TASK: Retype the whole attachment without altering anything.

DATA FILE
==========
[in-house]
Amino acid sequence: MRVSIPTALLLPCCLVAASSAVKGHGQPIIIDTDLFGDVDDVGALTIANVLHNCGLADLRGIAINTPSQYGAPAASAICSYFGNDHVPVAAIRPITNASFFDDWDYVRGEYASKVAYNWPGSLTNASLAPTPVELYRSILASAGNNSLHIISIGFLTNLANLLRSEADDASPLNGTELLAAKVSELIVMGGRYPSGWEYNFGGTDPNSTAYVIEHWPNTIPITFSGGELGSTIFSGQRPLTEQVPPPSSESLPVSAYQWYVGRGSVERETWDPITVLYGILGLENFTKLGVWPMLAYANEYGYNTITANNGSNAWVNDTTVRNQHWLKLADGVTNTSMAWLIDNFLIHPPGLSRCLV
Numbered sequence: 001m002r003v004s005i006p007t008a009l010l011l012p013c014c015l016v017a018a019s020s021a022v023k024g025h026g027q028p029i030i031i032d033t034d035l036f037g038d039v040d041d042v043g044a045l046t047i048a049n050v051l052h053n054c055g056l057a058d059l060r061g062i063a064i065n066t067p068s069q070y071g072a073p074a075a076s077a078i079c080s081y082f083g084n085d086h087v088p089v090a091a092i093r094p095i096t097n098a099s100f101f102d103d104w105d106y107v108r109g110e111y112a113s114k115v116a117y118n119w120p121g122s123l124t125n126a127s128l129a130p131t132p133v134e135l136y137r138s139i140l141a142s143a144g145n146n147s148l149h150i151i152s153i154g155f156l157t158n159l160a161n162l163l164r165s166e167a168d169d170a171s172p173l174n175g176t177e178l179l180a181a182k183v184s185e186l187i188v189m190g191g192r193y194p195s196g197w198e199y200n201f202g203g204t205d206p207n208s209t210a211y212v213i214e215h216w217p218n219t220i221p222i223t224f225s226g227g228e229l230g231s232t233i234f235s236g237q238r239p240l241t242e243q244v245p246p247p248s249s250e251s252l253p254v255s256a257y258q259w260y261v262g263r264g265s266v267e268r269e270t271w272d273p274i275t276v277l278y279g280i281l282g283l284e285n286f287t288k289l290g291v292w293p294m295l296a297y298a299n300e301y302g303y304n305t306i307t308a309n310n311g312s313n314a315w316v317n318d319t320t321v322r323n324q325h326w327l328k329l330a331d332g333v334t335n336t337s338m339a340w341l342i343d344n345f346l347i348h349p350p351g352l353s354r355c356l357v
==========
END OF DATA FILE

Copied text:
[in-house]
Amino acid sequence: MRVSIPTALLLPCCLVAASSAVKGHGQPIIIDTDLFGDVDDVGALTIANVLHNCGLADLRGIAINTPSQYGAPAASAICSYFGNDHVPVAAIRPITNASFFDDWDYVRGEYASKVAYNWPGSLTNASLAPTPVELYRSILASAGNNSLHIISIGFLTNLANLLRSEADDASPLNGTELLAAKVSELIVMGGRYPSGWEYNFGGTDPNSTAYVIEHWPNTIPITFSGGELGSTIFSGQRPLTEQVPPPSSESLPVSAYQWYVGRGSVERETWDPITVLYGILGLENFTKLGVWPMLAYANEYGYNTITANNGSNAWVNDTTVRNQHWLKLADGVTNTSMAWLIDNFLIHPPGLSRCLV
Numbered sequence: 001m002r003v004s005i006p007t008a009l010l011l012p013c014c015l016v017a018a019s020s021a022v023k024g025h026g027q028p029i030i031i032d033t034d035l036f037g038d039v040d041d042v043g044a045l046t047i048a049n050v051l052h053n054c055g056l057a058d059l060r061g062i063a064i065n066t067p068s069q070y071g072a073p074a075a076s077a078i079c080s081y082f083g084n085d086h087v088p089v090a091a092i093r094p095i096t097n098a099s100f101f102d103d104w105d106y107v108r109g110e111y112a113s114k115v116a117y118n119w120p121g122s123l124t125n126a127s128l129a130p131t132p133v134e135l136y137r138s139i140l141a142s143a144g145n146n147s148l149h150i151i152s153i154g155f156l157t158n159l160a161n162l163l164r165s166e167a168d169d170a171s172p173l174n175g176t177e178l179l180a181a182k183v184s185e186l187i188v189m190g191g192r193y194p195s196g197w198e199y200n201f202g203g204t205d206p207n208s209t210a211y212v213i214e215h216w217p218n219t220i221p222i223t224f225s226g227g228e229l230g231s232t233i234f235s236g237q238r239p240l241t242e243q244v245p246p247p248s249s250e251s252l253p254v255s256a257y258q259w260y261v262g263r264g265s266v267e268r269e270t271w272d273p274i275t276v277l278y279g280i281l282g283l284e285n286f287t288k289l290g291v292w293p294m295l296a297y298a299n300e301y302g303y304n305t306i307t308a309n310n311g312s313n314a315w316v317n318d319t320t321v322r323n324q325h326w327l328k329l330a331d332g333v334t335n336t337s338m339a340w341l342i343d344n345f346l347i348h349p350p351g352l353s354r355c356l357v